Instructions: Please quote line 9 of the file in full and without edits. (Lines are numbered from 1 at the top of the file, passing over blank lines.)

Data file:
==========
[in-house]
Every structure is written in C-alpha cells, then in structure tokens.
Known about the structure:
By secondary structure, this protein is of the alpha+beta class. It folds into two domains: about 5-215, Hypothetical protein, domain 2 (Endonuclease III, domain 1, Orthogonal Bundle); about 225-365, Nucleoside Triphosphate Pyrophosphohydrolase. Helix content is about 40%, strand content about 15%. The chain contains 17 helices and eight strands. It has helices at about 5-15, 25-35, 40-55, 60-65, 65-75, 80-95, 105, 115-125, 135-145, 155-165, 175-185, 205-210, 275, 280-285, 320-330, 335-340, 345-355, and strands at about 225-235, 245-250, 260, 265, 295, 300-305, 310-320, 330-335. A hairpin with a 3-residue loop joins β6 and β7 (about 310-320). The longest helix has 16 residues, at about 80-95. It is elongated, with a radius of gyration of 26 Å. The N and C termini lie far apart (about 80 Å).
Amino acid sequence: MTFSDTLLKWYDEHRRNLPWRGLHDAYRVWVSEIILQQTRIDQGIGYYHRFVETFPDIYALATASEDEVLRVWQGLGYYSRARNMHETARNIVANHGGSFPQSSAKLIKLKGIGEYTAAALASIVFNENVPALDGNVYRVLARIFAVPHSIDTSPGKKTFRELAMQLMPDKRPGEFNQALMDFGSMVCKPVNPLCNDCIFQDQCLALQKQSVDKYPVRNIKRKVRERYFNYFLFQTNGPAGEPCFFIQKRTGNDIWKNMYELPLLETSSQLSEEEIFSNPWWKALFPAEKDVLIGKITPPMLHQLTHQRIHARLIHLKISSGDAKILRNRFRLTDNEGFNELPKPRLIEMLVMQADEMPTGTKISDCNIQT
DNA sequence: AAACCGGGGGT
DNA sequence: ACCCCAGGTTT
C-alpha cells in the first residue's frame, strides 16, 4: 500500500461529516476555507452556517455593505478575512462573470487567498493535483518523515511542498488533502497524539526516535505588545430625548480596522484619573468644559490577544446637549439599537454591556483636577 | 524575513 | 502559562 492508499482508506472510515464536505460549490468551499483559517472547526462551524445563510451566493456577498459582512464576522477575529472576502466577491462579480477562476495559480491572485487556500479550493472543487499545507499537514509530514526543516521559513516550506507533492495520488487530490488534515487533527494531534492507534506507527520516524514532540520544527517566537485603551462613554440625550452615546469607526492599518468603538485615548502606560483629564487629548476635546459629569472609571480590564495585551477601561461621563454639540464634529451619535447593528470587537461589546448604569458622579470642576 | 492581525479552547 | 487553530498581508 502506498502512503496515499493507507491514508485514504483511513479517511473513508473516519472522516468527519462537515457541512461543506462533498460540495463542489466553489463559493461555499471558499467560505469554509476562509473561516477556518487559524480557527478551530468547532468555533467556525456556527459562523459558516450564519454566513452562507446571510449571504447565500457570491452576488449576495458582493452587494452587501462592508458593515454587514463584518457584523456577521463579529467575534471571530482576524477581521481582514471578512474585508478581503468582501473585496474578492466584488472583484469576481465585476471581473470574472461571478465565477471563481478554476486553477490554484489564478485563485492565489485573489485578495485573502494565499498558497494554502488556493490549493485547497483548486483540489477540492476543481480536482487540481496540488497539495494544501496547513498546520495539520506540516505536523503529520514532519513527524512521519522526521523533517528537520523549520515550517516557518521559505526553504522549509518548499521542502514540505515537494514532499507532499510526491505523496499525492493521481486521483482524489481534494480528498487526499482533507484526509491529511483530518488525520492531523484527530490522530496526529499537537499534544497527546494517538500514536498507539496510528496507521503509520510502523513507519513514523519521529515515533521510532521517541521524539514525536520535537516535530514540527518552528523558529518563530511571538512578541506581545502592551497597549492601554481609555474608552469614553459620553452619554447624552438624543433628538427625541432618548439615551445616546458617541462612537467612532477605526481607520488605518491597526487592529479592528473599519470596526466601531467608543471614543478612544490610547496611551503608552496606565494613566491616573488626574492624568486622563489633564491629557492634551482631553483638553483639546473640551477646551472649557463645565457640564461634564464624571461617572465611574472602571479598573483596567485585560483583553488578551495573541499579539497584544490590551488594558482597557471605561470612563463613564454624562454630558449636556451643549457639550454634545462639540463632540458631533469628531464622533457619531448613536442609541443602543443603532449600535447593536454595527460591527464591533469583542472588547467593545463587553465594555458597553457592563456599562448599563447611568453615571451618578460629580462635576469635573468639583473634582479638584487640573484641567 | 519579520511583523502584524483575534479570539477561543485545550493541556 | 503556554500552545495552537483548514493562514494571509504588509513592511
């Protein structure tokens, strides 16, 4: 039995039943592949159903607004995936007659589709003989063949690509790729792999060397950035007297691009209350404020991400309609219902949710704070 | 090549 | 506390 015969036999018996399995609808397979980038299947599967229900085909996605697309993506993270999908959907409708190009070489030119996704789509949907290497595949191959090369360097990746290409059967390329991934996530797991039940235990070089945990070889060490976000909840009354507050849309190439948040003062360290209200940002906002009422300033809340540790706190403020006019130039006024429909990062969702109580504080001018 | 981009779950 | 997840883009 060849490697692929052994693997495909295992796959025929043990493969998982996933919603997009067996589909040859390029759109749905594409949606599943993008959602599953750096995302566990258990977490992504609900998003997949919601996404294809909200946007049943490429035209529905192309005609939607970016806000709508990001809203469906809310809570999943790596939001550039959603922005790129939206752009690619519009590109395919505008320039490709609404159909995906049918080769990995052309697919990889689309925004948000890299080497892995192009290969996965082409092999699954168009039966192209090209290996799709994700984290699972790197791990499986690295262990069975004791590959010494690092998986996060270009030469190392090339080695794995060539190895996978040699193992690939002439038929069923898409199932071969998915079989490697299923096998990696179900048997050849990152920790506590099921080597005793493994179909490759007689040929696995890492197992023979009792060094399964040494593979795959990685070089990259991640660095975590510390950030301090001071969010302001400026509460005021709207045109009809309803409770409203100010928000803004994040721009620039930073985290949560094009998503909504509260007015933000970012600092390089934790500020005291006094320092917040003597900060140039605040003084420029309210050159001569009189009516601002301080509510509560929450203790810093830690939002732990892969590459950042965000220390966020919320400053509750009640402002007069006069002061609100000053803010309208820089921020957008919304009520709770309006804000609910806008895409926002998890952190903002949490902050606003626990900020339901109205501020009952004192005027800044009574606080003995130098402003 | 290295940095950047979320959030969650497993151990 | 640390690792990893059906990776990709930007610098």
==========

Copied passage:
């Protein structure tokens, strides 16, 4: 039995039943592949159903607004995936007659589709003989063949690509790729792999060397950035007297691009209350404020991400309609219902949710704070 | 090549 | 506390 015969036999018996399995609808397979980038299947599967229900085909996605697309993506993270999908959907409708190009070489030119996704789509949907290497595949191959090369360097990746290409059967390329991934996530797991039940235990070089945990070889060490976000909840009354507050849309190439948040003062360290209200940002906002009422300033809340540790706190403020006019130039006024429909990062969702109580504080001018 | 981009779950 | 997840883009 060849490697692929052994693997495909295992796959025929043990493969998982996933919603997009067996589909040859390029759109749905594409949606599943993008959602599953750096995302566990258990977490992504609900998003997949919601996404294809909200946007049943490429035209529905192309005609939607970016806000709508990001809203469906809310809570999943790596939001550039959603922005790129939206752009690619519009590109395919505008320039490709609404159909995906049918080769990995052309697919990889689309925004948000890299080497892995192009290969996965082409092999699954168009039966192209090209290996799709994700984290699972790197791990499986690295262990069975004791590959010494690092998986996060270009030469190392090339080695794995060539190895996978040699193992690939002439038929069923898409199932071969998915079989490697299923096998990696179900048997050849990152920790506590099921080597005793493994179909490759007689040929696995890492197992023979009792060094399964040494593979795959990685070089990259991640660095975590510390950030301090001071969010302001400026509460005021709207045109009809309803409770409203100010928000803004994040721009620039930073985290949560094009998503909504509260007015933000970012600092390089934790500020005291006094320092917040003597900060140039605040003084420029309210050159001569009189009516601002301080509510509560929450203790810093830690939002732990892969590459950042965000220390966020919320400053509750009640402002007069006069002061609100000053803010309208820089921020957008919304009520709770309006804000609910806008895409926002998890952190903002949490902050606003626990900020339901109205501020009952004192005027800044009574606080003995130098402003 | 290295940095950047979320959030969650497993151990 | 640390690792990893059906990776990709930007610098």